Since the summer of 1996 (which brought Kobe, Shaq, Fisher and Rick Fox to Los Angeles), the Lakers have not enjoyed an offseason quite as successful as this year. Despite being insanely over the luxury tax heading into the summer, Lakers owner Jerry Buss displayed the Steinbrenner mentality that winning championships is more important than money. While that didn’t mean Mitch Kupchak was able to sign guys to six year, $80 million contracts, it did allow them to bring in three players who will help make the “Bench Mob” the best collection of reserves in the league (which will ultimately lead to the Lakers three-peat, right?)
The Lakers made their first splash in free agency when they signed Steve Blake to a four year, 16 million dollar contract. He replaces Los Angeles native, Jordan Farmar, who despite possessing a solid amount of talent, just wasn’t the right fit for the role of “Lakers’ Starting Point Guard”. Farmar wanted to be a starter so badly, but it just wasn’t his time in Los Angeles, and he owes it to himself to see how high of a ceiling he has. If he can become that player in New Jersey, I’m sure the Lakers organization and its fans will be extremely happy for him.
With Blake, the Lakers now have a backup point guard who fits the Triangle Offense perfectly and will consistently hit his open shots (something that will come often when playing on a team with 2-3 players who will consistently be double-teamed). After watching him rain three pointer after three pointer on the Lakers in Portland’s Rose Garden over the past couple of years, I’m hoping to see him return the favor, not only the next time the Lakers take on the Blazers, but to every freaking team in the league!
He may not be the most youthful or the most athletic player, but he plays a tough game and hits opens shots as if it were a prerequisite to be on an NBA team. Even though Fisher may be the full-time starter, don’t be surprised to see Blake notch more minutes than Fisher in a fair amount of the team’s regular season games. His presence will not only help the Lakers as a whole, but it will also keep Derek Fisher ready come postseason and possibly extend his career as a starter for an extra year or two.
Kupchak’s next move brought in the enigmatic forward Matt Barnes. Barnes, known by most Laker fans for his infamous ball fake on Kobe Bryant during the Lakers trip to Orlando last season, is a great perimeter defender, capable of guarding shooting guards, small forwards and even a few power forwards. He’s not the greatest shooter, but he will hit his open shots, which is a quality that the Lakers can never get enough of.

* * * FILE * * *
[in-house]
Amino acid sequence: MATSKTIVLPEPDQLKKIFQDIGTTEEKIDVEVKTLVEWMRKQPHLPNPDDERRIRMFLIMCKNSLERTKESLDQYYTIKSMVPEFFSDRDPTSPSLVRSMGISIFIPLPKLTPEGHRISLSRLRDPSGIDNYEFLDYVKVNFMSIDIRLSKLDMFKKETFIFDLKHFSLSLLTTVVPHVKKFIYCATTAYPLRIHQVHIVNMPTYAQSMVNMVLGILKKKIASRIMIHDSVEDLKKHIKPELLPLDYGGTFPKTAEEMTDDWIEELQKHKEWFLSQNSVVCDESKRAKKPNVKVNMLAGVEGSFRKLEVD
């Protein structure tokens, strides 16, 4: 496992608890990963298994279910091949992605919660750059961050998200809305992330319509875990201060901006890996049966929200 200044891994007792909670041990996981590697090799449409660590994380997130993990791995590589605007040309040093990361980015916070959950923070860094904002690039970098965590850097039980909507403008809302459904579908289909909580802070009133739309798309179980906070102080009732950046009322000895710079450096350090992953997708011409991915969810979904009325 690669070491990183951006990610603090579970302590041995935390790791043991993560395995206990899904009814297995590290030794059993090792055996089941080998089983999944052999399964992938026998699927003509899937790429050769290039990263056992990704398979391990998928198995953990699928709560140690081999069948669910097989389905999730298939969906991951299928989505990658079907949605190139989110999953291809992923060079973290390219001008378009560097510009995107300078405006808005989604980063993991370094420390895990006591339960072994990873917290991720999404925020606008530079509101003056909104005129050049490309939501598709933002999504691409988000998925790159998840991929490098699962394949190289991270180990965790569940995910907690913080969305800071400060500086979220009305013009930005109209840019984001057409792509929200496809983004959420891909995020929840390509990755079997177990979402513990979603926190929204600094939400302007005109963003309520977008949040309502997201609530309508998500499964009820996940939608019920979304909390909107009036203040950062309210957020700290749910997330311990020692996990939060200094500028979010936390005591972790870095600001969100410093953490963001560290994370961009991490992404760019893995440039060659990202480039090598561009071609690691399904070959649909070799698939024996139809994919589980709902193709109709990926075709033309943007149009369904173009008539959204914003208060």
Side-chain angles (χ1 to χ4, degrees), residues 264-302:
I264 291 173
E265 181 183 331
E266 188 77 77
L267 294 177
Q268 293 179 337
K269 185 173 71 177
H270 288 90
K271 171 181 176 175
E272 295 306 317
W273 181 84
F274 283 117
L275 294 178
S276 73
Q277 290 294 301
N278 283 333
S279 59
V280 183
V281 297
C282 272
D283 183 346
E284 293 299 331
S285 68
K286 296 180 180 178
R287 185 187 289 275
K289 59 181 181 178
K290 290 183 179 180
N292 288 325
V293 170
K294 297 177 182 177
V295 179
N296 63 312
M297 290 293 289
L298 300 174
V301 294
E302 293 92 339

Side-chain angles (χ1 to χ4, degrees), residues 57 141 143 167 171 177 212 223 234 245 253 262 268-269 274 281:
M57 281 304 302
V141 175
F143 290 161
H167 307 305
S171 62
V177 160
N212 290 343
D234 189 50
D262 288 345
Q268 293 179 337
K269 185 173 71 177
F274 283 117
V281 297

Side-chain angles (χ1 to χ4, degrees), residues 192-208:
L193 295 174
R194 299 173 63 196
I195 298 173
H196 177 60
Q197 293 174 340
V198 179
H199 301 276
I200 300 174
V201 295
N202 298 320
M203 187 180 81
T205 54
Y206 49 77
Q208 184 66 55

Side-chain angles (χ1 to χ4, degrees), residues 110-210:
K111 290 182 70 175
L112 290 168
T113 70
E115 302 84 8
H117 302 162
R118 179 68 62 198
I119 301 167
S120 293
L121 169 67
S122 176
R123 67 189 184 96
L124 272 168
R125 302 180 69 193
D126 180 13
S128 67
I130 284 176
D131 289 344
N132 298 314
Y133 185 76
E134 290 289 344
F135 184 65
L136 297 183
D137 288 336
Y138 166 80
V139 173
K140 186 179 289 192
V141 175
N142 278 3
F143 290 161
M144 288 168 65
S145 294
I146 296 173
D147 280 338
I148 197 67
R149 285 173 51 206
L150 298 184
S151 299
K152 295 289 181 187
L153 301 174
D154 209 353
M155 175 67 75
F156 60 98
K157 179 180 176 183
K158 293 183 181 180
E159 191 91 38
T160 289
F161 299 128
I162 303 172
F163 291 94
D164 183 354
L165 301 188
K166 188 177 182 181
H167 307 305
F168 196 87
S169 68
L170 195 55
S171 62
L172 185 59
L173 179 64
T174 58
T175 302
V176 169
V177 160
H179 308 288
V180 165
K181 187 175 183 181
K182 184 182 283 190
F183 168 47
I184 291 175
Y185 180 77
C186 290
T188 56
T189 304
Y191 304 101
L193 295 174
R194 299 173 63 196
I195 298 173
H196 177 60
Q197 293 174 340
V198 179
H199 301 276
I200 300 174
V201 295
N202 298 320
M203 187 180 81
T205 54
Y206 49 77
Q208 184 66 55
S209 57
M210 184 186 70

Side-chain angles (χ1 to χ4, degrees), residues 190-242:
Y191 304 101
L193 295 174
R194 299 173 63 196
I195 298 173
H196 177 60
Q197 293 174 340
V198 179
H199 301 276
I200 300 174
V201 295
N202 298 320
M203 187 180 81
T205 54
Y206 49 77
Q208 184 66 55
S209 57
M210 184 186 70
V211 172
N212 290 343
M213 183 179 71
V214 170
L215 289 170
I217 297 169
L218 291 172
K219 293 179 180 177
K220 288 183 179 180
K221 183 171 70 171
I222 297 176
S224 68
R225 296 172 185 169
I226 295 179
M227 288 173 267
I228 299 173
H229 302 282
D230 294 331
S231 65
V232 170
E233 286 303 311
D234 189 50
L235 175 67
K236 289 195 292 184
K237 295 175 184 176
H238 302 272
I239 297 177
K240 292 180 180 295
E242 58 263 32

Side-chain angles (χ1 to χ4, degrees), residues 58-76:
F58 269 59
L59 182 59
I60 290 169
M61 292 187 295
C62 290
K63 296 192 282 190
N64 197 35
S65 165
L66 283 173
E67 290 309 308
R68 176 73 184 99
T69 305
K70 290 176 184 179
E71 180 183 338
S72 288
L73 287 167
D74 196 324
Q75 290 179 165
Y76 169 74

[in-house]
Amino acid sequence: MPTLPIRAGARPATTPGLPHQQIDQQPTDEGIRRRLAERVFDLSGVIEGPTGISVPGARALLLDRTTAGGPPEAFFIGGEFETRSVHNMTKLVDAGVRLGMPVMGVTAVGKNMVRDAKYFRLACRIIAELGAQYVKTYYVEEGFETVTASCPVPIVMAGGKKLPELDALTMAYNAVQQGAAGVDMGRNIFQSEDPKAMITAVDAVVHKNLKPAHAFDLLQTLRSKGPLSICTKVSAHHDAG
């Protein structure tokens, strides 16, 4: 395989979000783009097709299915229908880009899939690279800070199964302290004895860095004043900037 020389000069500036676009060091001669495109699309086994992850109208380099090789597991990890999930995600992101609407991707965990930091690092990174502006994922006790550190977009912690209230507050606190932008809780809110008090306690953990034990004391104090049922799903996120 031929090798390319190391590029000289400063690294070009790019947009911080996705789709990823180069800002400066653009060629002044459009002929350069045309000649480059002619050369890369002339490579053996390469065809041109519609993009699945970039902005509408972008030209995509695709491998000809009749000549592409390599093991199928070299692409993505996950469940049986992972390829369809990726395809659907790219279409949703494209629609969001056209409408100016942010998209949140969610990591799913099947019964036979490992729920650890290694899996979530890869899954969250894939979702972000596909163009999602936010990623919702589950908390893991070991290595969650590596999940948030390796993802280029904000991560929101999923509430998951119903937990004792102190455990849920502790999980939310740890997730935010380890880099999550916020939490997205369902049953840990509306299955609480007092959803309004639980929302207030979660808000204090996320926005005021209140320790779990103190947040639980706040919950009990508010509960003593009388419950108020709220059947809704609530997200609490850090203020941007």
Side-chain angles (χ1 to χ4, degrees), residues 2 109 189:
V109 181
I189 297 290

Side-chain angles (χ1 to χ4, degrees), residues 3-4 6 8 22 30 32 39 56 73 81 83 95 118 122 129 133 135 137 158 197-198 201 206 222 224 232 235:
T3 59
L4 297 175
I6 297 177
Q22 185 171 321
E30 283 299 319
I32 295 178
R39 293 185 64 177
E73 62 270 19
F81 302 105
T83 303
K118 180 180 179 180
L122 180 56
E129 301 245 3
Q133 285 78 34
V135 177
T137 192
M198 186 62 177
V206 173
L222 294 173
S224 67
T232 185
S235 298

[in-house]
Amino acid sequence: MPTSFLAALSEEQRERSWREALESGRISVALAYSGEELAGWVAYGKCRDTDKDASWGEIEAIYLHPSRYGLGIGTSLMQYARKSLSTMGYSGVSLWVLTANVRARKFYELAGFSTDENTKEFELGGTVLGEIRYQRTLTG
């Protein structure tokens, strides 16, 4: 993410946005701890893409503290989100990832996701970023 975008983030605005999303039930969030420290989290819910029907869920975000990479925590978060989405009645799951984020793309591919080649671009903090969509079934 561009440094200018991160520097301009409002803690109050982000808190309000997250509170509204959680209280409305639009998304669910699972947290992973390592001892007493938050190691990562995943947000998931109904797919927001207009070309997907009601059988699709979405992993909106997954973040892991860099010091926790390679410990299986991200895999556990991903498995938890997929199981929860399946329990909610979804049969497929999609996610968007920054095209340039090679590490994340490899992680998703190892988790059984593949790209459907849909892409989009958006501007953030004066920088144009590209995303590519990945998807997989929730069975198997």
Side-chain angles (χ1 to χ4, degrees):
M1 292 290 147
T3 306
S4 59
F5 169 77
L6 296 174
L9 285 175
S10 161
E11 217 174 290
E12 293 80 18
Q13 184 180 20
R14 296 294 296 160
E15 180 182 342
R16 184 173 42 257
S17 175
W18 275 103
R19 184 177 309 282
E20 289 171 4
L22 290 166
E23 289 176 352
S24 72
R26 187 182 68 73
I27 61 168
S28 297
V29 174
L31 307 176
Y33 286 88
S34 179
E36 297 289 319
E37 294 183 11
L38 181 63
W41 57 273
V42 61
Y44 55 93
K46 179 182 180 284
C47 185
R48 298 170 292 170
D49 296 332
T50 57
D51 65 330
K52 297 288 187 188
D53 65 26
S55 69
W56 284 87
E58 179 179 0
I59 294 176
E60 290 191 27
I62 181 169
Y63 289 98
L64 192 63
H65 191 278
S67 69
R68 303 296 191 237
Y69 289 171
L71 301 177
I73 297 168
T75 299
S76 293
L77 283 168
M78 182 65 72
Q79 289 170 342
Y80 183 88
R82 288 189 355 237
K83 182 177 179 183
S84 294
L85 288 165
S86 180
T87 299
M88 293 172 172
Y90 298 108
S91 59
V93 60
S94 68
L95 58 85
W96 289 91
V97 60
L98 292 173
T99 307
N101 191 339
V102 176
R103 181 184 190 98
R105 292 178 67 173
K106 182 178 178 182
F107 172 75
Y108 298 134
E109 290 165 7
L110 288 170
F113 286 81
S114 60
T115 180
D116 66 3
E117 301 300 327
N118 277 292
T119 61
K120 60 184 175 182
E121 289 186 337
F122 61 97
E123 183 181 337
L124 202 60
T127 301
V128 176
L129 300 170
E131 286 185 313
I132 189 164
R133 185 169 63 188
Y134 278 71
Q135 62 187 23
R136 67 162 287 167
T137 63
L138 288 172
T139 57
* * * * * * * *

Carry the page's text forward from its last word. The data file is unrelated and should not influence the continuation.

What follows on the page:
Bringing in Barnes also helps Kobe out tremendously. (Wait, Kobe plays guard, not forward–how does this affect him?) Last season, Luke Walton was suppose to be Artest’s backup, unfortunately, he suffered an injury plagued year and missed 53 regular season games, leaving Adam Morrison as the Lakers only other “true” small-forward. Nothing against Morrison, but he was just not the right player to spell Artest for 10-20 minutes a night. Therefore, Kobe had to play extra minutes and play the role of back up small forward while Artest got his rest. That is not something the Lakers wanted another season of, as Kobe is 32-years old and should not be playing for more than 34-35 minutes a night (unless he has to) if he wants to have anything left in the tank for the playoffs. With Barnes in the mix, Kobe no longer has to assume that role and can take a load off of his knees, fingers, ankle, etc., allowing him to be 100% (or somewhere in that vicinity) when April rolls around.
Although the Lakers final free-agent pick up, Theo Ratliff, did not carry with him as high of a profile as Steve Blake or Matt Barnes, he will nonetheless be a beneficial player to the team’s quest for their 17th title.
Entering his 16th year in the league, Ratliff is the epitome of the word “veteran”. He may not be the defensive force that he was during his prime, but he will very much help out inside. Instead of having DJ Mbenga taking 13 foot jumpers every time he touches the ball, the Lakers will have a big man who knows his place in the offense–a big man who will take his shots when the come, but is primarily focused on grabbing rebounds and playing defense–exactly what the Lakers need from their reserve big men.
He probably won’t get a ton of run time throughout the season, but with Bynum out to start the year, he will definitely get valuable minutes early on and his experience will no doubt be a boost to this team. In addition to helping out inside, he will be a great veteran presence in the locker room, and could be a great mentor to the young Andrew Bynum and Derrick Caracter.